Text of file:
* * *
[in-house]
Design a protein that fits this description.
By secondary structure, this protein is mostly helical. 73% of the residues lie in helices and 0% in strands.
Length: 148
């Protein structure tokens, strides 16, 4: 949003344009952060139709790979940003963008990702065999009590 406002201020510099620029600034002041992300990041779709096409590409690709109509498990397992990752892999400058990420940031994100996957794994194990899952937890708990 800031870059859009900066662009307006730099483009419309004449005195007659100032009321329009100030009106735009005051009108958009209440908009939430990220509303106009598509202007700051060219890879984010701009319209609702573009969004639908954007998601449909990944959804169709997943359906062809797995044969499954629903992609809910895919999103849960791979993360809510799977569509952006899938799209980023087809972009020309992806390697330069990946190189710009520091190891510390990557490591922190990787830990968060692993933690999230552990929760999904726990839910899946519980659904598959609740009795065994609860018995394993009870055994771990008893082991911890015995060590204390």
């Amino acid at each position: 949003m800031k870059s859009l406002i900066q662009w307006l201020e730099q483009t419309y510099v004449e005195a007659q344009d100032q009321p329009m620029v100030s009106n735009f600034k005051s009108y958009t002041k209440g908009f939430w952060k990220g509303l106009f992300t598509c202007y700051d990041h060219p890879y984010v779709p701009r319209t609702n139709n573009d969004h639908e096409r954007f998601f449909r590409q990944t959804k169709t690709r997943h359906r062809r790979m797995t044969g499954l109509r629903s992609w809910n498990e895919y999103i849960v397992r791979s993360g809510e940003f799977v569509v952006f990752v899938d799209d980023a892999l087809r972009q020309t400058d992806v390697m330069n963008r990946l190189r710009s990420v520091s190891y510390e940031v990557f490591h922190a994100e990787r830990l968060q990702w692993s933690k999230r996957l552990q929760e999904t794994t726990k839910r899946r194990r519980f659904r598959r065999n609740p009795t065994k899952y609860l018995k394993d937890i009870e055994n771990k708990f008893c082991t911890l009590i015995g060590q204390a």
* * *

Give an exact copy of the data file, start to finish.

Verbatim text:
[in-house]
Design a protein that fits this description.
By secondary structure, this protein is mostly helical. 73% of the residues lie in helices and 0% in strands.
Length: 148
């Protein structure tokens, strides 16, 4: 949003344009952060139709790979940003963008990702065999009590 406002201020510099620029600034002041992300990041779709096409590409690709109509498990397992990752892999400058990420940031994100996957794994194990899952937890708990 800031870059859009900066662009307006730099483009419309004449005195007659100032009321329009100030009106735009005051009108958009209440908009939430990220509303106009598509202007700051060219890879984010701009319209609702573009969004639908954007998601449909990944959804169709997943359906062809797995044969499954629903992609809910895919999103849960791979993360809510799977569509952006899938799209980023087809972009020309992806390697330069990946190189710009520091190891510390990557490591922190990787830990968060692993933690999230552990929760999904726990839910899946519980659904598959609740009795065994609860018995394993009870055994771990008893082991911890015995060590204390």
């Amino acid at each position: 949003m800031k870059s859009l406002i900066q662009w307006l201020e730099q483009t419309y510099v004449e005195a007659q344009d100032q009321p329009m620029v100030s009106n735009f600034k005051s009108y958009t002041k209440g908009f939430w952060k990220g509303l106009f992300t598509c202007y700051d990041h060219p890879y984010v779709p701009r319209t609702n139709n573009d969004h639908e096409r954007f998601f449909r590409q990944t959804k169709t690709r997943h359906r062809r790979m797995t044969g499954l109509r629903s992609w809910n498990e895919y999103i849960v397992r791979s993360g809510e940003f799977v569509v952006f990752v899938d799209d980023a892999l087809r972009q020309t400058d992806v390697m330069n963008r990946l190189r710009s990420v520091s190891y510390e940031v990557f490591h922190a994100e990787r830990l968060q990702w692993s933690k999230r996957l552990q929760e999904t794994t726990k839910r899946r194990r519980f659904r598959r065999n609740p009795t065994k899952y609860l018995k394993d937890i009870e055994n771990k708990f008893c082991t911890l009590i015995g060590q204390a």